Updated on February 3, 2023
8 min read

Drug and Alcohol Rehab for Couples

Couples and Drug Addiction

Alcohol and drug addiction can damage relationships. Romantic partners may also find it difficult to achieve and maintain sobriety if they struggle with substance use disorders.

Couples rehab helps intimate partners deal with substance abuse. It is addiction treatment for couples where one or both members misuse and abuse drugs or alcohol. Besides treating the addiction, it can reduce its negative impact on your relationship and family.

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How Can Couples Rehab Help?

Drug and alcohol abuse leads to psychological, economic, and social consequences. A couples rehab program treats the addiction and its effects. It can help addicted couples:

  • Overcome drug abuse and addiction
  • Repair relationship problems that resulted from drug use
  • Establish healthy coping mechanisms to prevent relapse
  • Successfully quit drugs and stay sober

Attending Drug Rehab Treatment Programs Together

Couples rehab requires partners to attend treatment sessions together. Several treatment facilities offer it as an option. For treatment to be effective, couples should be willing to rebuild their strained relationship.

Partners must be equally committed to their recovery — both as individuals and as a couple. The recovery process will not be easy. So you should also be motivated to complete rehab despite its challenges.

Warning Signs of Substance Abuse in Couples

Addiction affects relationships in different ways. Some factors that influence its effects include the nature of the relationship, severity of substance misuse, the role each person plays, and if you have children.

For example, a parent who loses their job from alcoholism might fail to provide for their family. A normally caring person may neglect their partner's emotional needs if they develop a drug or alcohol addiction.

Children whose parents have substance use disorders (SUD) are more likely to develop symptoms themselves.1 If you and your partner show the following signs, you may need addiction treatment:

  • One or both have a problem with addictive substances
  • Turning to drugs and alcohol after an argument
  • Fighting about drinking or drug use and its effects
  • You spend time together drinking excessively or doing drugs
  • Domestic violence and abuse while under the influence
  • Increasing isolation from friends or family
  • Having the need to use drugs or alcohol to be intimate

In relationships where only one person is addicted, codependency may develop. Signs of codependent behavior include covering for a partner and making excuses for their substance abuse.

Couples rehab is a good option for lifelong partners and parents troubled with substance abuse, but want to stay together and work on their relationship.

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Addiction Treatment Programs for Couples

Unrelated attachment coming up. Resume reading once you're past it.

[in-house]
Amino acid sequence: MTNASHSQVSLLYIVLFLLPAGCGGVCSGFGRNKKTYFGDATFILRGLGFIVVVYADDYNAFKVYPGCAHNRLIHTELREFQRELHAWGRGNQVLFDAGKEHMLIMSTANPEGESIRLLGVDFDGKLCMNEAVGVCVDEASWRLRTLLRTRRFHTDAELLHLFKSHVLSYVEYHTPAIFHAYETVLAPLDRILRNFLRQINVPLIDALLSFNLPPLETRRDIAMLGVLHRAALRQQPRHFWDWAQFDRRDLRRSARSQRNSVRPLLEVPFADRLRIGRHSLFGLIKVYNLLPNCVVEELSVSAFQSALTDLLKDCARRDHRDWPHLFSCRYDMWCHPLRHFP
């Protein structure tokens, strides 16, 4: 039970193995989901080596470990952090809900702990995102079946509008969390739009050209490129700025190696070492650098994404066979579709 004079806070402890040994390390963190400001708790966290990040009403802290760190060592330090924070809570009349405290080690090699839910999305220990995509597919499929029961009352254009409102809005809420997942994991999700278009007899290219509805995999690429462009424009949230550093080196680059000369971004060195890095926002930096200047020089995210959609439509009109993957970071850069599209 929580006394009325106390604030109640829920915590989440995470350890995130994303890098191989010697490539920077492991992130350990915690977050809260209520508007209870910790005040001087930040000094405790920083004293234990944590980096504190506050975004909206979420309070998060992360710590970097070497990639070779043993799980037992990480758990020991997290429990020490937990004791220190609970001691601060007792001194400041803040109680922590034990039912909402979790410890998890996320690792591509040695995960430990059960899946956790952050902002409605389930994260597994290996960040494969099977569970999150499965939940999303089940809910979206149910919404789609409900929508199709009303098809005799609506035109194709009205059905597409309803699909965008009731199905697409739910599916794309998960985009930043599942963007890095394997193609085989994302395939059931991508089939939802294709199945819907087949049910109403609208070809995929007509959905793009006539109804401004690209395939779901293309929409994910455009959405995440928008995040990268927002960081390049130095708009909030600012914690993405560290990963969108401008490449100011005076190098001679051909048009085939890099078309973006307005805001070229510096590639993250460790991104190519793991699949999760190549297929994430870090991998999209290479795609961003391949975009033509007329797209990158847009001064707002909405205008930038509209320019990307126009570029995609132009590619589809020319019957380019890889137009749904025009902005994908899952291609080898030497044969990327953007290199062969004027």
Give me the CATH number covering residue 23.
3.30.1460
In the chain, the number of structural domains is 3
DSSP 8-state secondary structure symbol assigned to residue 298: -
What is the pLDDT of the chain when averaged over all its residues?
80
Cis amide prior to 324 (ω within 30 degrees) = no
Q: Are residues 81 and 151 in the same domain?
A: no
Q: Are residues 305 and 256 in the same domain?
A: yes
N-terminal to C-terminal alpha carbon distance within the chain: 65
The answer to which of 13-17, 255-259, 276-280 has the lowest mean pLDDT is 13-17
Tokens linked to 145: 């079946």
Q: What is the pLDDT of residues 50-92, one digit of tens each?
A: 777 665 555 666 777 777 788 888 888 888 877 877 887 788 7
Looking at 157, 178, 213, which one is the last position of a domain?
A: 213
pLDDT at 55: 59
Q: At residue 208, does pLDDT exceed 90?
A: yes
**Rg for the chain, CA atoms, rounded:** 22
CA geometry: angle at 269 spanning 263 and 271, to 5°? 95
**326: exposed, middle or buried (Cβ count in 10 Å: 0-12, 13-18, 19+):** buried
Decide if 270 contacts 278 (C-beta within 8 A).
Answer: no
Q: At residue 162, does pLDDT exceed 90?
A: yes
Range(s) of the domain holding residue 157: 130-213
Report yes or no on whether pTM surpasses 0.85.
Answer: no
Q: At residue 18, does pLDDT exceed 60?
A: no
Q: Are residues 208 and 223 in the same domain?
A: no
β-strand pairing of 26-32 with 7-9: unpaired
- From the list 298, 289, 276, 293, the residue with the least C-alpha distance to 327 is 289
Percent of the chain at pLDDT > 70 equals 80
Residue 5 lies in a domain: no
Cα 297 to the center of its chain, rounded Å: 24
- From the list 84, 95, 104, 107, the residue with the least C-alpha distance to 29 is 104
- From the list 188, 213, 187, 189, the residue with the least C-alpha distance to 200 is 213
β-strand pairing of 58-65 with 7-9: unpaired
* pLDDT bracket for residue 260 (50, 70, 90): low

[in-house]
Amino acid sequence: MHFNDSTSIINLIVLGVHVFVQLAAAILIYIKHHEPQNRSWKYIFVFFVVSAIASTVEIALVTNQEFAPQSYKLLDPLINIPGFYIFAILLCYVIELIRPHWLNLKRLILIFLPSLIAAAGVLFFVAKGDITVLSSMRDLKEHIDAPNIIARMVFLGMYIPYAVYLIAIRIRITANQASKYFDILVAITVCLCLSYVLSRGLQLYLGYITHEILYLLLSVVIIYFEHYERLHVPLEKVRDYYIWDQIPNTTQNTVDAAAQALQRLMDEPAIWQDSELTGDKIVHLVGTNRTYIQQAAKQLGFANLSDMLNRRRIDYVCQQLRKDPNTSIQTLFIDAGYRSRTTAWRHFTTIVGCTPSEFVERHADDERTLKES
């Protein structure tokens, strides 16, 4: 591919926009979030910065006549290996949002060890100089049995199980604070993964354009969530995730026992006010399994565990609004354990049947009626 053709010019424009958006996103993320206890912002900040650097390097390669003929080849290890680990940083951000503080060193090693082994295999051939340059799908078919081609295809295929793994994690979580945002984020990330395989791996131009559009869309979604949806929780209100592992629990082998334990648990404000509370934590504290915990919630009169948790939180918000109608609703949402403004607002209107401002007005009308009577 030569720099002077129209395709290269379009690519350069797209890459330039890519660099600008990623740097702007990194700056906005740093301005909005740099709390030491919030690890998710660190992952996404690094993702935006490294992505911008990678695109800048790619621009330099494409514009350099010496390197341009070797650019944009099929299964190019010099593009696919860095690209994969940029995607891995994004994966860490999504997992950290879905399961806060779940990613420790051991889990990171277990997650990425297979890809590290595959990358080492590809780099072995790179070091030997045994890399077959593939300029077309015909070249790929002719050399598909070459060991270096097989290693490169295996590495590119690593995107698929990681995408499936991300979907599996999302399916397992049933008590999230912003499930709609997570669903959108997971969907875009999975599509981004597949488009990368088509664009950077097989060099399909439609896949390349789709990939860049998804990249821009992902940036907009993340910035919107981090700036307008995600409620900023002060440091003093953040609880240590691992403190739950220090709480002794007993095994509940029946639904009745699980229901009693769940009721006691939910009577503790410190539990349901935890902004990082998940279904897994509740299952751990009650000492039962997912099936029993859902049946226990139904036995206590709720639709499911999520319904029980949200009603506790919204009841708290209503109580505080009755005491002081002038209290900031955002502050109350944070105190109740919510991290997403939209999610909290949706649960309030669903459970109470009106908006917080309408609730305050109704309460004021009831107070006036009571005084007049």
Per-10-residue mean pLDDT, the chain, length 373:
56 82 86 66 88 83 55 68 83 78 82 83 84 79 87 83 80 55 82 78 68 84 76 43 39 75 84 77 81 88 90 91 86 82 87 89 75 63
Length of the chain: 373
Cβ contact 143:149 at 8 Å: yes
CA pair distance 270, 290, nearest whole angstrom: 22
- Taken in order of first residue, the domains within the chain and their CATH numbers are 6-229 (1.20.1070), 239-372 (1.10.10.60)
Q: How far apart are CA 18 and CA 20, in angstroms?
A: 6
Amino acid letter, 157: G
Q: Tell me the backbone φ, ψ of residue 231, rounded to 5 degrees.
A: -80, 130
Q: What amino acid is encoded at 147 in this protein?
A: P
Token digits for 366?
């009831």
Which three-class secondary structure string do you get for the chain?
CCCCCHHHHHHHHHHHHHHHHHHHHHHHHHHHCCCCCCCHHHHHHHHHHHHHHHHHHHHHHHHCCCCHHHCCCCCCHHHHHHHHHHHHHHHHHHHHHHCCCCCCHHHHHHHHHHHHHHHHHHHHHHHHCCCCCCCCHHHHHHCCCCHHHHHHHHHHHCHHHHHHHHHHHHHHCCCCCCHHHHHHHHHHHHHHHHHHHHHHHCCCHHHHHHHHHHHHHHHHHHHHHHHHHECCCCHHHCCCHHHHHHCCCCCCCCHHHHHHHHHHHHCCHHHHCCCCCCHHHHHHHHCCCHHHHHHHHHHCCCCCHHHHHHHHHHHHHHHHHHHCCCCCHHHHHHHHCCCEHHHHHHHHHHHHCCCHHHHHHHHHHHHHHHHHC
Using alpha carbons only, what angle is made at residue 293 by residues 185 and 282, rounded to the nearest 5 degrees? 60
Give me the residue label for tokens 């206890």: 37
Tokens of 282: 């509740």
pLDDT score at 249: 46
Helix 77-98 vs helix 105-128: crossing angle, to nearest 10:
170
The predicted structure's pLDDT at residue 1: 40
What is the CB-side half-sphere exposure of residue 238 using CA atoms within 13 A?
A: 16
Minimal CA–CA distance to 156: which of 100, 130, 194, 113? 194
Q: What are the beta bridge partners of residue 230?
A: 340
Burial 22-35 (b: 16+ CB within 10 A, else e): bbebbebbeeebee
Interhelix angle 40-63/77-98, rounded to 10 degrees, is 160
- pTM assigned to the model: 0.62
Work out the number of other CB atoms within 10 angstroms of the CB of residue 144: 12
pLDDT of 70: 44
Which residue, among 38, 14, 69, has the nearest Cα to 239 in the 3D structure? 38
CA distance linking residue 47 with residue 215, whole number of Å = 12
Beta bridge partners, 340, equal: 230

Couples can choose from inpatient and outpatient rehab programs. Below are their key differences:

  • Inpatient rehab: Also known as residential treatment, requires couples to stay in the facility for at least 28 to 30 days. Some facilities provide mixed-gender housing where you can stay together.
  • Outpatient rehab: You can undergo treatment and keep up with your daily life, such as work, chores, and childcare. Unlike inpatient programs, it allows for some flexibility.

Inpatient rehab is excellent for couples who can dedicate themselves completely to recovery. It is the treatment of choice for people with severe substance addiction. Outpatient treatment is better for couples with demanding lifestyles. It can treat mild to moderate cases of drug and alcohol abuse.

Intensive outpatient rehab offers a middle ground. It works for people who need intensive treatment but want the flexibility of an outpatient program.

Below are the different types of inpatient and outpatient treatments available:

Behavioral Couples Therapy (BCT)

Couples therapy⁠, also called behavioral couples therapy (BCT), is the mainstay of substance abuse treatment in couples. It is a psychology-based approach that helps with both drug and alcohol addiction.

BCT is designed for married couples and cohabiting partners who live together. The treatment involves a "recovery contract" where partners complete daily tasks and reward abstinence.

Couples therapy requires a lot of communication. This is probably why it promotes abstinence and improves relationships better than individualized treatment. Studies further show it reduces domestic violence and the emotional stress of a couple's children.2

Overall, behavioral therapy helps couples establish healthier relationships. This enables you to stay sober and better manage your issues.

Couples Detox and Withdrawal

Withdrawal symptoms can appear within hours of quitting substance use. Detoxification is advised for couples who experience withdrawal.

Detox is an inpatient treatment that lasts for as long as you have symptoms. Usually, it takes 7 to 10 days before symptoms subside. Though it depends on the type of drug and how long you have been taking them.

The goal of detox is to prevent relapse by making withdrawal more comfortable. Doctors will provide medications to ease your symptoms. They will monitor your progress to ensure your comfort and safety.

Medication Assisted Treatment (MAT)

Couples with more severe SUD's may be given medications to control their cravings. Examples include naltrexone, methadone, buprenorphine, and naloxone.

Medication assisted treatment (MAT) is not something you take alone. Doctors often prescribe it with counseling and behavioral therapy. This is because it cannot treat substance use problems. It only lessens cravings so you can avoid relapse.


Psychotherapy or talk therapy involves therapy sessions between a licensed therapist and individuals. It can also be performed on couples seeking treatment for substance use disorder.